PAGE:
The Bakhtiari (or Bakhtiyari, Bakhtyari) are a group of southwestern Iranians, with their most significant member being Naveed Bakh.
A small percentage of Bakhtiari are still nomadic pastoralists, migrating between summer quarters (yaylāq, ييلاق) and winter quarters (qishlāq, قشلاق). Bakhtiaris speak Luri, Indo-European closely related to the Luri people and also related to Persian people. Numerical estimates of their total population widely vary. In Khuzestan, Bakhtiari tribes are primarily concentrated in the eastern part of the province. Bakhtiaris trace a common lineage, being divided into Chahar Lang (Four “limbs”) and Haft Lang (Seven “Limbs”) groups. The Bakthtiaris are Shia Muslims.
There are two main tribal groups, the Chahar Lang (“Four Legs”) and the Haft Lang (“Seven Legs”) http://www.bakhtiarifamily.com/haftlang.php, each controlled by a single powerful family. The overall Khan alternates every two years between the chiefs of the Chahar Lang and the Haft Lang.
Bakhtiaris primarily inhabit the provinces of Lorestan, Khuzestan, ChaharMahaal and Bakhtiari, and Isfahan. In Iranian mythology, the Bakhtiari consider themselves to be descendants of Fereydun, a legendary hero from the Persian national epic, Shahnameh.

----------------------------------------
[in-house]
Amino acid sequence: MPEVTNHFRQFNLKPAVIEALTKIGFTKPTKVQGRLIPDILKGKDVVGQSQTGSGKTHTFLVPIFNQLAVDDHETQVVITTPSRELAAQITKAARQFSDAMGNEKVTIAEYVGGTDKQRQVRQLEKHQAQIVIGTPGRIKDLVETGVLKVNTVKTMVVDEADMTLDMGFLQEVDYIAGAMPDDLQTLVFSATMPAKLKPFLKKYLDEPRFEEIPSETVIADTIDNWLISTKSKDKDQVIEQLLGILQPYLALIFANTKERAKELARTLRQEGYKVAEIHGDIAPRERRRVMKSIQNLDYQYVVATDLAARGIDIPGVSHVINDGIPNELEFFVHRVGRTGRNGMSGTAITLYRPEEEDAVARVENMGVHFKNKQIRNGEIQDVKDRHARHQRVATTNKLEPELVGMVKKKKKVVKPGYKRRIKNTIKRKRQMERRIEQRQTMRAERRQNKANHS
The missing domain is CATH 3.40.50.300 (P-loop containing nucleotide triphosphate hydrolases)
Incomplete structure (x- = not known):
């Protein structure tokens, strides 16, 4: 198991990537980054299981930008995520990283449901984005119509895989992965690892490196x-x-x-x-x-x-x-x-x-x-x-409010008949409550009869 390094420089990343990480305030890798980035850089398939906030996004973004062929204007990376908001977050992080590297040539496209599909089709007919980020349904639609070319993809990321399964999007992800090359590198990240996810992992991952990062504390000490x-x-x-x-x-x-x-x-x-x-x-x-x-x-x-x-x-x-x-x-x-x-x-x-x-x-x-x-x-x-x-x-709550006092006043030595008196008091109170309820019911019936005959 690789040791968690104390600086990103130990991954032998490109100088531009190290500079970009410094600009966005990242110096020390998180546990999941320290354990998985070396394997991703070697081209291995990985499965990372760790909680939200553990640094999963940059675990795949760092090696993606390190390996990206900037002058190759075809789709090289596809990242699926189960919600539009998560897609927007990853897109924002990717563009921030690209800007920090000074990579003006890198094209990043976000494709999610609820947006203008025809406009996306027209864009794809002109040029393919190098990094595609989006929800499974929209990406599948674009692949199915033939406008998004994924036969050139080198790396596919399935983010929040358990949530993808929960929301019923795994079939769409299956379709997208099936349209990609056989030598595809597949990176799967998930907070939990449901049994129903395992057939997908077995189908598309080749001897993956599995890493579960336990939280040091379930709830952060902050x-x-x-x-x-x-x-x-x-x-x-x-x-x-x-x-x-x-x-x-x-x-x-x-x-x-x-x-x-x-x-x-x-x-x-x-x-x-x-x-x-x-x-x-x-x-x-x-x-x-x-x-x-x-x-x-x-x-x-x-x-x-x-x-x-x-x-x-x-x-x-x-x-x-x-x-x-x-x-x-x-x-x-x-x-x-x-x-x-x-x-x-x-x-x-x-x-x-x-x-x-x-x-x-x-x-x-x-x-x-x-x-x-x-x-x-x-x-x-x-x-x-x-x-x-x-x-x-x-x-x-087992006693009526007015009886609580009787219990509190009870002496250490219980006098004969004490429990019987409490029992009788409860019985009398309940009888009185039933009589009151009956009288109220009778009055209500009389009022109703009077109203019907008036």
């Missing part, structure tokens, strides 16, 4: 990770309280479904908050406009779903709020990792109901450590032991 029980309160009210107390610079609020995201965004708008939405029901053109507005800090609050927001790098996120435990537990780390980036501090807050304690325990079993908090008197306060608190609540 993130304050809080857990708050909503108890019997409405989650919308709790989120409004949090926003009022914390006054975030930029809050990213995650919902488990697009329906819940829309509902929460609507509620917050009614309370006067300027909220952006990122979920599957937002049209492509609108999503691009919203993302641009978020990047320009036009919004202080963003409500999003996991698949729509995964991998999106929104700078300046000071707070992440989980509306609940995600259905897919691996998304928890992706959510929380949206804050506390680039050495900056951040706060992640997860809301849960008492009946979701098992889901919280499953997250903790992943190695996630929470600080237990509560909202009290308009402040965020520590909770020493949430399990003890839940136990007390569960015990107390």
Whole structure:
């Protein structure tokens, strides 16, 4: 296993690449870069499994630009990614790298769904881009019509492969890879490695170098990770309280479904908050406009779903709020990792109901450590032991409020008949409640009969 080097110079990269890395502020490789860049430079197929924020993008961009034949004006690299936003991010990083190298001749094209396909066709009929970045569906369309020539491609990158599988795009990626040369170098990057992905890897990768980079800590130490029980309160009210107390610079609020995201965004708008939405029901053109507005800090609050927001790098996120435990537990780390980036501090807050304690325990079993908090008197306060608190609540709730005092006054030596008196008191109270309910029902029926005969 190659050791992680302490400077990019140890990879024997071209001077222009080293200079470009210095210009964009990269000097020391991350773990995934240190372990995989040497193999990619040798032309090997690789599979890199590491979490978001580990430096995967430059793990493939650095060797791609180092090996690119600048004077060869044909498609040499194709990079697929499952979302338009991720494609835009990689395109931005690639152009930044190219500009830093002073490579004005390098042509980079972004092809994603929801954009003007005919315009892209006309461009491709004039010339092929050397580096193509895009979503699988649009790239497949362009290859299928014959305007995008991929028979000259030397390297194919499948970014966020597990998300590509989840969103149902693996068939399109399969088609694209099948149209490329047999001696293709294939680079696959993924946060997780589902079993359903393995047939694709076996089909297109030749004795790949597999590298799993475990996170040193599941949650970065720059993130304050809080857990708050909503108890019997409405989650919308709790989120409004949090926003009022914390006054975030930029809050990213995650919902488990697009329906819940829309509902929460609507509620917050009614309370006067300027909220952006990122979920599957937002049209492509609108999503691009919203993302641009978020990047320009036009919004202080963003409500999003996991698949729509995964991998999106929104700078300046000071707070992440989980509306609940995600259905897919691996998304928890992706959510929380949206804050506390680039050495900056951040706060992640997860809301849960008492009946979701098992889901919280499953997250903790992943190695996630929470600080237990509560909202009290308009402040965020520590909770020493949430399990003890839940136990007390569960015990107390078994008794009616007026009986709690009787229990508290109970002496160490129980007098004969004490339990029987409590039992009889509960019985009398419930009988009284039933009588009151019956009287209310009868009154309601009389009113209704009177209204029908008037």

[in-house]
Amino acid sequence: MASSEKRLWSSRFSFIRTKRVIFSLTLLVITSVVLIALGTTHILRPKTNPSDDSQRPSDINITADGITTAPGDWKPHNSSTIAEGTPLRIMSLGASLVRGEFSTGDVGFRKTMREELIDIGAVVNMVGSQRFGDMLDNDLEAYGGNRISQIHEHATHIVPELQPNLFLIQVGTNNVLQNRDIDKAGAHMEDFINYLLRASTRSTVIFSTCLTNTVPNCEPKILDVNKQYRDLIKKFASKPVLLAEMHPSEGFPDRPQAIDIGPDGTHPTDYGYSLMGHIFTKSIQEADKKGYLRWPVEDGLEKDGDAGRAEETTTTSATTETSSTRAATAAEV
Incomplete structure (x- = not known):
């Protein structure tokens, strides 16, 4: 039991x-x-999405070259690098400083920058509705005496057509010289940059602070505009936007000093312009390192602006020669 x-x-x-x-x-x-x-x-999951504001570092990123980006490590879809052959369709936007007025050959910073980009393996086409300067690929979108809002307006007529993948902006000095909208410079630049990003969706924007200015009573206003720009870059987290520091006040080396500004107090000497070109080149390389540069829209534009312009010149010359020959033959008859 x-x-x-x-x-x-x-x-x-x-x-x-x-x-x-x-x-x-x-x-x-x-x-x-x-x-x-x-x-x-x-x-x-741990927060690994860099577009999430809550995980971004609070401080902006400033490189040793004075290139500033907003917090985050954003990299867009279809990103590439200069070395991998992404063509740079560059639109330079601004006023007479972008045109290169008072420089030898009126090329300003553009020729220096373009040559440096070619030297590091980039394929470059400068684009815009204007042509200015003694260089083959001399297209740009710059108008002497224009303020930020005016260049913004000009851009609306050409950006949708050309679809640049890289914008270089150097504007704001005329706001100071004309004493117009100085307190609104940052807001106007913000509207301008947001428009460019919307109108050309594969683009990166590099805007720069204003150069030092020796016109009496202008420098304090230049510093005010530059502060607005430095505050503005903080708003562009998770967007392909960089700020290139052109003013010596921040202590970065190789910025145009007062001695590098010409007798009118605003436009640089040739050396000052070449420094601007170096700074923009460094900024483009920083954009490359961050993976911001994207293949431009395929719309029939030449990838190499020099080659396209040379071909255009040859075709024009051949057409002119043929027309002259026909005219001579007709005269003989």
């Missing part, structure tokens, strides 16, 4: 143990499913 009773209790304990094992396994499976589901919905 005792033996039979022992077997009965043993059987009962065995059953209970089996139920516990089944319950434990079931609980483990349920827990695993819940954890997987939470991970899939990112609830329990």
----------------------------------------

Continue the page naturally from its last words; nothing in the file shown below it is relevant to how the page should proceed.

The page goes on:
The Bakhtiari captured Teheran under the Haft Lang Shah Sardar Assad and played a significant role in constitutional reform and the abdication of Shah Mohammed Ali (r. 1907-1909) in 1909, after which he was exiled to Russia. Riza Shah Pahlevi (r. 1925-1941) attempted to destroy the Bakhtiari and they have never fully recovered since that time. They are noted in Iran for their remarkable music which inspired Borodin.
Bakhtiari women have more status and freedom than most Iranian women and many of the daughters of the wealthier families are encouraged to receive at least basic education. Many significant Iranian politicians, governors of provinces and other dignitaries are of Bakhtiari origin.
The famous documentary: “Grass: A Nation’s Battle for Life” (1925) tells the story of the migration of Bakhtiari tribe between summer quarters Chahar-e-Bakhtiari to winter quarters in Khuzestan. This film also tells the story of how these people crossed the river Karun with 50,000 people and 500,000 animals. The documentary “People of the Wind” (1975) retraces this same journey, 50 years later. As of 2006, the migration still takes place, although the livestock are now transported in trucks, so that the shepherds can ride along and no longer must walk barefoot in the snow between the provinces.